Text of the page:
by Jeff Huang
One of the things I really love about salsa is its ability to bring people together – because no matter your race, your social or cultural background, once you are bitten by the salsa bug, those things no longer matter. In my own dancing journey I’ve had the pleasure of befriending many people that, without salsa as a medium, I would never have had the opportunity to; for that, I consider it a great equalizer in our society.
The featured artist today is a well-known salsa bandleader and a wonderful musician back in the golden age of salsa (1960s-1970s), but unlike most salsa artists, he is an American of Jewish descent. Larry Harlow is a perfect example that as long as the music plays in you, it does not matter where you start.
Larry is the son of a musical family – his mother was an opera singer in New York, and his father a bandleader. Larry showed great talent in instruments at an early age, and his exposure to New York’s Latin quarters and its music led him to Cuba where he studied Afro-Cuban music extensively. The Cuban Revolution forced him back to the United States, where his talents led his Orquesta Harlow to become the second orchestra signed onto the Fania label in New York, the largest Latin record company of the era.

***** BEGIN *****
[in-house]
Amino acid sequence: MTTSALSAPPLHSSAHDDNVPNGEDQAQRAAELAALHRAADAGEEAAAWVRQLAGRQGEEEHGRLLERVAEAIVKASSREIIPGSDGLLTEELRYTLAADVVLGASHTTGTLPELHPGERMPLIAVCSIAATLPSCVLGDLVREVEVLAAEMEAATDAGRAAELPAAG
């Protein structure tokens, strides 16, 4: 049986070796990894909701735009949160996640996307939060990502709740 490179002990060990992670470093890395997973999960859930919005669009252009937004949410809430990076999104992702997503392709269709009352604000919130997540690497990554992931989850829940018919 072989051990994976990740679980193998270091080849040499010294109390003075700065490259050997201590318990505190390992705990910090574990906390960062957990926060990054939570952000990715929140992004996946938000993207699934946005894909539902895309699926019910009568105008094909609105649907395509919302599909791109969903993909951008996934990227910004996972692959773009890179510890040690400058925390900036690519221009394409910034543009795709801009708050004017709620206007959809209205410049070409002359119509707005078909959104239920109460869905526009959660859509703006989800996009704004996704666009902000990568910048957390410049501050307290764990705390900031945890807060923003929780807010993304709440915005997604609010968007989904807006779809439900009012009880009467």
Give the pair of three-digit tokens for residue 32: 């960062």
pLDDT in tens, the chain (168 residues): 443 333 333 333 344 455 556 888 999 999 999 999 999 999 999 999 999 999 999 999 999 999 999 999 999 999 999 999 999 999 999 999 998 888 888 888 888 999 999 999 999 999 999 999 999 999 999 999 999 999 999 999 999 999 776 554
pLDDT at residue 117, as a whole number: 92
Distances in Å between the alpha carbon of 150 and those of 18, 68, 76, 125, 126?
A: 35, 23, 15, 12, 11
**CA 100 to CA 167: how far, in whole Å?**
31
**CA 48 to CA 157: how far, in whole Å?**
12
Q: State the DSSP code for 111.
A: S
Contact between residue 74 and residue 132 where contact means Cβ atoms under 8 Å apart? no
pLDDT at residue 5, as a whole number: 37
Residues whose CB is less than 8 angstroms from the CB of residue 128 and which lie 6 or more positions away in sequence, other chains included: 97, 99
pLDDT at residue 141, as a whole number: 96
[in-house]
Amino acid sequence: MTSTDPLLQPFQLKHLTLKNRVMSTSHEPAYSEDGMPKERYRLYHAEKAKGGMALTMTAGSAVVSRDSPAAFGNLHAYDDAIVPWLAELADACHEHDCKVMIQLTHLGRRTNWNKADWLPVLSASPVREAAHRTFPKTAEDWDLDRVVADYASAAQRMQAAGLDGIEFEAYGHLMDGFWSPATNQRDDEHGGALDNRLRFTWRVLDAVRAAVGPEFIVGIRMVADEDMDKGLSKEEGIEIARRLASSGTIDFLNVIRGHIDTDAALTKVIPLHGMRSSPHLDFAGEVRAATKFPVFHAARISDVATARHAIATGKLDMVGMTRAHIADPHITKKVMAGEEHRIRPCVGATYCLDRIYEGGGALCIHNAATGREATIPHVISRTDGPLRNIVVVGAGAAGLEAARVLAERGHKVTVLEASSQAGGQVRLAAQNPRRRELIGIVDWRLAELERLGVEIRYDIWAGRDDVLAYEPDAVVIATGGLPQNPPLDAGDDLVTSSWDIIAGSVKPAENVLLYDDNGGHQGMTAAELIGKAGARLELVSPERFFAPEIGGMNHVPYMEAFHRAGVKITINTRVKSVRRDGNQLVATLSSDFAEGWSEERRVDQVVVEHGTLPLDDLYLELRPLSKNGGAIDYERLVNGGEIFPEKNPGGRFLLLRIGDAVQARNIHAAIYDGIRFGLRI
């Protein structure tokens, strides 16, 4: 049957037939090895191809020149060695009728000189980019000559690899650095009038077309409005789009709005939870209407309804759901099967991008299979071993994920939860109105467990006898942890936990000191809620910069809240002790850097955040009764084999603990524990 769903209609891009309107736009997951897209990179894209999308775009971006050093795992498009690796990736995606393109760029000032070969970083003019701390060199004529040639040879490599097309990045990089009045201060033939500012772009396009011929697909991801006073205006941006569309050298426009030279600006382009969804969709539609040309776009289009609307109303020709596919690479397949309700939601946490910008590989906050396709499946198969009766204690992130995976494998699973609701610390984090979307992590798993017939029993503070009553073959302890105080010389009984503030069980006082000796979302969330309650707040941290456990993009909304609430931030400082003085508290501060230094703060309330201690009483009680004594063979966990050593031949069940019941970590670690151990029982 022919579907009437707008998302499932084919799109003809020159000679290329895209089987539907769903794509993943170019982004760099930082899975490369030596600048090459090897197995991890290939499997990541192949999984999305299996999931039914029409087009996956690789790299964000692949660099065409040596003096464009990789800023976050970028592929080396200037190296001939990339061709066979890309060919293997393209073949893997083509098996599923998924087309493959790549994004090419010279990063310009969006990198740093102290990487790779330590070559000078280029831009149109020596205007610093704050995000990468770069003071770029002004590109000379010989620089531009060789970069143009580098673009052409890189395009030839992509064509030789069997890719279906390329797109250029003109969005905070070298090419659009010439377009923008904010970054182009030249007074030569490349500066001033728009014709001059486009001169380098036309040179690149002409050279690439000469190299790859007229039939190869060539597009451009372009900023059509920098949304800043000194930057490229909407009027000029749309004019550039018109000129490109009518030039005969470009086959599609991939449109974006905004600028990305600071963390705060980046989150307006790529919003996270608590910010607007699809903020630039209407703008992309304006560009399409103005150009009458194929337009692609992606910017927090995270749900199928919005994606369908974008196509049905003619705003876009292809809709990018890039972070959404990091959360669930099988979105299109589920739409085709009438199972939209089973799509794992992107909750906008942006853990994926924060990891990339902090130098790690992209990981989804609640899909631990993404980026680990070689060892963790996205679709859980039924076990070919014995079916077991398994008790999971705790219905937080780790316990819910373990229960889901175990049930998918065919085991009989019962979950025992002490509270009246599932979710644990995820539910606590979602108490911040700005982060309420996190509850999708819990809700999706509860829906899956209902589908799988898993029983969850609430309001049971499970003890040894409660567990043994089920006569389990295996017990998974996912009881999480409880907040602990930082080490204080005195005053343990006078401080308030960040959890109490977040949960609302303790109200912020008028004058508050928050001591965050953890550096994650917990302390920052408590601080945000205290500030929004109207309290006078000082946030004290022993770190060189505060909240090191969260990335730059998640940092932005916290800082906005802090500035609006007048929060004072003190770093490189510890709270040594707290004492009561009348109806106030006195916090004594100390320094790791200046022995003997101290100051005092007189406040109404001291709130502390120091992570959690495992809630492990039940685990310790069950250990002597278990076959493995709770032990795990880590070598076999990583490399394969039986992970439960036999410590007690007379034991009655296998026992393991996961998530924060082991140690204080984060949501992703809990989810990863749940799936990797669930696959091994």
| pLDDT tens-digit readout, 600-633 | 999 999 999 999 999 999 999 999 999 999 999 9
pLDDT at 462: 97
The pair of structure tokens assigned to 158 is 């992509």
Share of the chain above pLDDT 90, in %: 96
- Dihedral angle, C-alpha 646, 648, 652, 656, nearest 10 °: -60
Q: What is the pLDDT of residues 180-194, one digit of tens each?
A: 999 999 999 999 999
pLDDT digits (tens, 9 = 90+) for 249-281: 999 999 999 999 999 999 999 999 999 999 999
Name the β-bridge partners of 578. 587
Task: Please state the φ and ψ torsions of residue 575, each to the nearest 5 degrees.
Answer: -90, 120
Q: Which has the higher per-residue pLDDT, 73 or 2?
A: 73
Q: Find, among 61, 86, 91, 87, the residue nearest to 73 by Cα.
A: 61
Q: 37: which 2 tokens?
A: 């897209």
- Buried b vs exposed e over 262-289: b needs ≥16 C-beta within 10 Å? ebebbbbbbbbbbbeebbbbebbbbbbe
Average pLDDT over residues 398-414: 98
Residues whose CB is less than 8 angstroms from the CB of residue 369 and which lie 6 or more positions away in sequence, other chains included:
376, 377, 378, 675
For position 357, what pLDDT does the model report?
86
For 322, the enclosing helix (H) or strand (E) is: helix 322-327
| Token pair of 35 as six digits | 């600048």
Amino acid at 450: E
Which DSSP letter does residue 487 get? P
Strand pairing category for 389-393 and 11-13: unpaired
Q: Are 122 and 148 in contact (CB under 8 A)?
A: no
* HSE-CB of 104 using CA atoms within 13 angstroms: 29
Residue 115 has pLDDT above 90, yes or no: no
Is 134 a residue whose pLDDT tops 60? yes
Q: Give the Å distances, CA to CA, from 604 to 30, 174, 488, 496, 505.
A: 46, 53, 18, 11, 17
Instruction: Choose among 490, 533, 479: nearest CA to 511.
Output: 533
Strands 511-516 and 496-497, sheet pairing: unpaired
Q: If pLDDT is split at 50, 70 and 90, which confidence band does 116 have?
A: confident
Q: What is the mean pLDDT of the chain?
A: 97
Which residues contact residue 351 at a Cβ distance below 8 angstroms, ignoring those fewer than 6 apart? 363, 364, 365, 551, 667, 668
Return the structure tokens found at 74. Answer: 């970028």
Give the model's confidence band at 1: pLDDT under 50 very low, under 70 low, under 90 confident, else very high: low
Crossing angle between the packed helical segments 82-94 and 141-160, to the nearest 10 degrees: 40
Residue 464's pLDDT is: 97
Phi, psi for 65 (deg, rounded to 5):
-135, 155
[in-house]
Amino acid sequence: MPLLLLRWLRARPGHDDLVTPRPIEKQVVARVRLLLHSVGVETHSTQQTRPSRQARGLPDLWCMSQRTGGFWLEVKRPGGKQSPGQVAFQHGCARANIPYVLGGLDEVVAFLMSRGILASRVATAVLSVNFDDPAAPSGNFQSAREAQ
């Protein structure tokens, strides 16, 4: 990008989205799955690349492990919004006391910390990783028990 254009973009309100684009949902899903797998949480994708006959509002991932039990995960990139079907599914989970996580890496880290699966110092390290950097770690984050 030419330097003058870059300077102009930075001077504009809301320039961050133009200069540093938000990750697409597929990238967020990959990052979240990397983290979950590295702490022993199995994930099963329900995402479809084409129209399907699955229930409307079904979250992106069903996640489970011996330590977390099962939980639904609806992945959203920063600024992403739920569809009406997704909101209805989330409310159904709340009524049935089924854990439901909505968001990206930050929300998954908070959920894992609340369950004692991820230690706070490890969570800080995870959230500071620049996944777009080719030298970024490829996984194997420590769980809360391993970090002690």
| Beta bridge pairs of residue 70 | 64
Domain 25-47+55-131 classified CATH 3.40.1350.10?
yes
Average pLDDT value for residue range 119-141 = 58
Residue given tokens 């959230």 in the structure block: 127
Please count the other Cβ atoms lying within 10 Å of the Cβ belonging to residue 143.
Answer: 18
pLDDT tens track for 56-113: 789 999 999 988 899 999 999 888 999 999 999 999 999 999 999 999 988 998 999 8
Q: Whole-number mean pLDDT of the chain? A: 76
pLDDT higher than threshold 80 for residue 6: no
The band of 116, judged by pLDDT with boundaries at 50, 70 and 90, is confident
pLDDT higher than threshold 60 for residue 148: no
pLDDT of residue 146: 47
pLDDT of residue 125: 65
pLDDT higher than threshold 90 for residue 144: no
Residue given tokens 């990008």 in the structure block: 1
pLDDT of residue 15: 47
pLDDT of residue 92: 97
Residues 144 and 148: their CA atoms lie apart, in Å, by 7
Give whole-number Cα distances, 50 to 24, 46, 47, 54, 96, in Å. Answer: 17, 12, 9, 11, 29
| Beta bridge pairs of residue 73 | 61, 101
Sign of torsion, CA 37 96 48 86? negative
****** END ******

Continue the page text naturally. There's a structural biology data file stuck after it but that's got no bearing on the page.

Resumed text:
El Paso de Encarnacion
During his time with Fania, Larry produced over 106 albums for various artists, as well as 50 albums of his own. Larry became a pillar of the salsa music scene, credited for many important milestones in the evolution of Latin music in North America – including Celia Cruz’s comeback from an early retirement, becoming the first piano player for the legendary Fania All-Stars, and the creation of the Latin Grammy Award. His contribution to Latin music has resulted in a Latin Grammy Lifetime Achievement Award in 2008. Currently, Larry continues to lead and perform his music in New York, a true living legend.